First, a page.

The state of Indiana is divided between eastern and central time zones. In the late 1940s, the use of daylight saving time, known as fast time, became popular in cities. Indiana is officially in the central time zone, but some communities choose to follow fast time throughout the year, essentially aligning themselves with the Eastern time zone. Some counties near the state's southwest and northwest border use central time, which changes between Central Standard Time (CST) and Central Summer Time (CDT).
In 1949, the Indiana Senate quietly passed a bill that would keep the state in central time and prohibit daylight saving time. When the bill reaches the House of Representatives, there is chaos in the plenary, as legislators who represent cities (who generally favor fast time) fight against legislators in agricultural areas (where changing the clock is considered unnatural and unhealthy for cows). Some communities and cities may choose not to observe these official time zones and this site does not reflect all of those variations. The Speaker of the House of Representatives, Brian Bosma, and other key legislative leaders also supported the change, but many legislators strongly opposed it, particularly those in western counties near the border with central time.
But travelers who change trains discover that each railroad adjusts its clocks differently, and those schedules don't match the city's clocks. The General Assembly repeals the unpopular law of 1957, but does not attempt to replace it, but is limited to a new ruling by the Interstate Commerce Commission that moves the boundary between the eastern and central time zones of the border between the state of Indiana and Ohio to the center of the state. In 1883, major railroads agreed to coordinate their clocks and begin operating on standard time with four established time zones across the country. The only clear consensus that emerges is that most oppose the double time that would result from being in Eastern Standard Time and changing to Eastern Daylight Saving Time.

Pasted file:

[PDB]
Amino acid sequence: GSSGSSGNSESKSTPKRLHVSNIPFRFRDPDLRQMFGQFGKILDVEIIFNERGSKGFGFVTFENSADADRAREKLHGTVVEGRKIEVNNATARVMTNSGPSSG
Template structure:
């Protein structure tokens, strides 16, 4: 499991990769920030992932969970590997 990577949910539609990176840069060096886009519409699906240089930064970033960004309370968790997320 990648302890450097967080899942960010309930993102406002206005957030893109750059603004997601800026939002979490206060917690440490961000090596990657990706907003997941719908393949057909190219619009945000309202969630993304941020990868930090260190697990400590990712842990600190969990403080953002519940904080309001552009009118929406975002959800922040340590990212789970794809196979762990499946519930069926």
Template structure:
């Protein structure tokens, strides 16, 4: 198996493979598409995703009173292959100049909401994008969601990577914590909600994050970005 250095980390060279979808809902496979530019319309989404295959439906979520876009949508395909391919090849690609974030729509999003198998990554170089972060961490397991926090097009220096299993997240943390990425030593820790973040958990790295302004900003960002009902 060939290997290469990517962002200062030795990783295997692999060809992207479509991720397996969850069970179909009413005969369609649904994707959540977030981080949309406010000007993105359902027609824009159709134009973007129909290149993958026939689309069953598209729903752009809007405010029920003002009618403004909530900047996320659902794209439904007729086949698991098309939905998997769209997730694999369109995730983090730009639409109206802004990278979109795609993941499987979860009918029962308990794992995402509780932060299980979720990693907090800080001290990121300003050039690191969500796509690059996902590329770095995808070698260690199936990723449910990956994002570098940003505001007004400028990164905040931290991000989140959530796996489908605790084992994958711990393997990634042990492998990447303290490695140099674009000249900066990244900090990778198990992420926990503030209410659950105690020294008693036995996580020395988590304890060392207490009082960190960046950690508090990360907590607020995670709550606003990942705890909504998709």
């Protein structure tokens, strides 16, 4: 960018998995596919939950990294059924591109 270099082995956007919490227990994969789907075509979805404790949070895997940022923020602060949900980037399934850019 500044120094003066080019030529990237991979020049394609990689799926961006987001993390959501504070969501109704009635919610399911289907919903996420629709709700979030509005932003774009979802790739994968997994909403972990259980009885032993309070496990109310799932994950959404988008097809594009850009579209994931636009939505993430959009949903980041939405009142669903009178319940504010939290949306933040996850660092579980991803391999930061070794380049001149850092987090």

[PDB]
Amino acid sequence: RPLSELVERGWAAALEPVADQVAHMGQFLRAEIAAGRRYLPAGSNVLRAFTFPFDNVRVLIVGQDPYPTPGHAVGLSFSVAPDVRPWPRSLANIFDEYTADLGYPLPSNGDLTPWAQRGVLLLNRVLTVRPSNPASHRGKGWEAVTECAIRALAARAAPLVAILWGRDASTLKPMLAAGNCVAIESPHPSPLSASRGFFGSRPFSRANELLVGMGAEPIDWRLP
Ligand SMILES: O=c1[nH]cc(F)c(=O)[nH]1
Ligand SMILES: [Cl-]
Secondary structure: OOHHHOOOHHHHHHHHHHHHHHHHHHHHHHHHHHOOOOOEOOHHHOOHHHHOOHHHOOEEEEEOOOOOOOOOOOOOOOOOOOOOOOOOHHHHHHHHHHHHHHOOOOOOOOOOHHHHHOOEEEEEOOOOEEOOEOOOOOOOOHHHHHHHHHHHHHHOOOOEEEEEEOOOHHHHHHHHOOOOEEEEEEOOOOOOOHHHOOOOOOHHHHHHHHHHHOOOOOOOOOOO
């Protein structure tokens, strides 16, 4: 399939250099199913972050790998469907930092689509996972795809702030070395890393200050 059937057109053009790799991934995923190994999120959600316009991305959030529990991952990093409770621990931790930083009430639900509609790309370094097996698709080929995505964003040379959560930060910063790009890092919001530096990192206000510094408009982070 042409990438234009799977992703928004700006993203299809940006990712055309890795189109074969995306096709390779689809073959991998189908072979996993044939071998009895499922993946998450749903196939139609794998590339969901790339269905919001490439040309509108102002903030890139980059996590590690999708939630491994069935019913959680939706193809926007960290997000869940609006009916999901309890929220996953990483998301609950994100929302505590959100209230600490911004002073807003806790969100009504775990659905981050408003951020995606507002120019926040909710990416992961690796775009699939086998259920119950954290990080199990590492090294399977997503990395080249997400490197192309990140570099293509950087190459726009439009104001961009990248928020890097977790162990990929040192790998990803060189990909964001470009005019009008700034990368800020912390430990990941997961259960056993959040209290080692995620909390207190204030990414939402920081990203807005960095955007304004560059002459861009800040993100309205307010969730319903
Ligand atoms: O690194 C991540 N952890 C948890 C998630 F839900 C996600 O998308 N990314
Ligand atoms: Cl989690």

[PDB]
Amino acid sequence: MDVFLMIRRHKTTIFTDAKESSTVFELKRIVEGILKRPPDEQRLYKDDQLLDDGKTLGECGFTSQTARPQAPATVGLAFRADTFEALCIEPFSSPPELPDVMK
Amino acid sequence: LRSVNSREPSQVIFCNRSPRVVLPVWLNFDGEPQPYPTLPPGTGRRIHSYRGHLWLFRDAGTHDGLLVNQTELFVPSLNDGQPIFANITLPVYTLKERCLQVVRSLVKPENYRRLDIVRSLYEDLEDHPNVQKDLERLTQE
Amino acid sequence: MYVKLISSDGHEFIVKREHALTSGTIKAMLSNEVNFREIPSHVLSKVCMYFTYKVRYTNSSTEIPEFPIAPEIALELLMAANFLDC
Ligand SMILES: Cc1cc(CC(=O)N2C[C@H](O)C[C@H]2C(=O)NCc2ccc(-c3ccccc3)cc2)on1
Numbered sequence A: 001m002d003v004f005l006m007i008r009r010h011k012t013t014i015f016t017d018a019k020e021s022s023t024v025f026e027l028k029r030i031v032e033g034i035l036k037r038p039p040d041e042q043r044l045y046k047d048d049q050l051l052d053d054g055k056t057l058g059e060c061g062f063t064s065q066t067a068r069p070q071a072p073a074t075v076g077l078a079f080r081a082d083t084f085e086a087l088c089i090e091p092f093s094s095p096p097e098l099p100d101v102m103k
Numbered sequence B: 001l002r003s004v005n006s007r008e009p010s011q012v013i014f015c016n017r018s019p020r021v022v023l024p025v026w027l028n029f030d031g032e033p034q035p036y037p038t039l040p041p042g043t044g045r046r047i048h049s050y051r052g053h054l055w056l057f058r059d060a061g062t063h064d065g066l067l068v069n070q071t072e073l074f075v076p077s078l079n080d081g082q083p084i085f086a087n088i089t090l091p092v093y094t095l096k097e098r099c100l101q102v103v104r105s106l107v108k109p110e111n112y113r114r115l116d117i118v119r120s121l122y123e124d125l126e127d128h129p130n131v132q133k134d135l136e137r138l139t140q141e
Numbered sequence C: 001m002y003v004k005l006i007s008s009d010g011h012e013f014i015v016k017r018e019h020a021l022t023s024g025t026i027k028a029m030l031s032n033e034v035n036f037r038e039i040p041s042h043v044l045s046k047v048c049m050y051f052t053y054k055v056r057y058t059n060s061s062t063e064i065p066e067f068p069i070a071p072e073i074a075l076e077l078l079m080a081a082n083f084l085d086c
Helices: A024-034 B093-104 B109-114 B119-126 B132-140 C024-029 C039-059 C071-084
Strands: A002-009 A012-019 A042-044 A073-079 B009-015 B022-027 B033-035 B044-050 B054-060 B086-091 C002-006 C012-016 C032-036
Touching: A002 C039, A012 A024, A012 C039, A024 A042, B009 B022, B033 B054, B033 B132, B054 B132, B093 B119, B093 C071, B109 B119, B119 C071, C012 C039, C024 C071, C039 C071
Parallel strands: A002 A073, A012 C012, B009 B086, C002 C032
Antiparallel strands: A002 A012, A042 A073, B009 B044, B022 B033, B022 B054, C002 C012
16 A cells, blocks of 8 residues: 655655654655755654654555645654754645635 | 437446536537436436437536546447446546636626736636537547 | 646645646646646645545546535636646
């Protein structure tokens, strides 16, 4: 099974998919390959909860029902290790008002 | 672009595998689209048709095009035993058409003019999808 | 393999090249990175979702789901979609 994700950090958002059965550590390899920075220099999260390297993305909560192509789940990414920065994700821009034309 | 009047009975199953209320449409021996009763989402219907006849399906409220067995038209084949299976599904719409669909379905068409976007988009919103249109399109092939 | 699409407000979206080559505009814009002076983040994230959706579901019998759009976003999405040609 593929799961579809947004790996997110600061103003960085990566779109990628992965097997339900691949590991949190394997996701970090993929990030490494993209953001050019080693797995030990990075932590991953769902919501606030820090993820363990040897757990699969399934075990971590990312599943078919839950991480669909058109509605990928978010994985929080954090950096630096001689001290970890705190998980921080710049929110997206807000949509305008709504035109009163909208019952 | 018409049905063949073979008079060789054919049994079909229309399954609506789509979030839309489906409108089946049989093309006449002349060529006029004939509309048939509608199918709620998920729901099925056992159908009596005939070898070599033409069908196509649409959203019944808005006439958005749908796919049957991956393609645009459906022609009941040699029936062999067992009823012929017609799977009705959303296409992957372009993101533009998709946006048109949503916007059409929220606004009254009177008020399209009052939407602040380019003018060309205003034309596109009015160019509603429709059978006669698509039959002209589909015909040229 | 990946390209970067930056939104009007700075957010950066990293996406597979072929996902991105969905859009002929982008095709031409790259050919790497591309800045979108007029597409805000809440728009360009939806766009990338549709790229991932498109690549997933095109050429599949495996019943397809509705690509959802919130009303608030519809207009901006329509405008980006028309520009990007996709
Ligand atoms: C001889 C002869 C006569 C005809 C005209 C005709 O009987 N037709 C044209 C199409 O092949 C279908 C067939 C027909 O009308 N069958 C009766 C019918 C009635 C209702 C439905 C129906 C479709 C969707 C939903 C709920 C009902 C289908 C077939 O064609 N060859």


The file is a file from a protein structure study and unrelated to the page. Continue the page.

The Department of Transportation is proposing a commitment that most of Indiana would be in Eastern Standard Time all year round, while the Gary and Evansville areas would remain in Central Time and would follow daylight saving time in summer. Whitcomb says the bill would cause Indiana's times to conflict with those of neighboring states, but is accused of siding with the television broadcast lobby (which wants program schedules to fit those on the East Coast). In 1961, the Interstate Trade Commission divided the state into Eastern and Central Time, but the new time zone line was not consistently observed. Mitch Daniels included daylight saving time as part of his economic plan, arguing that Indiana time was bad for the state's economy because companies outside the state couldn't keep track of the time in Indiana.
The law also introduces daylight saving time, a concept first promoted by Benjamin Franklin in 1784, but which was not widely implemented until European countries adopted it during the First World War to conserve fuel used for lighting.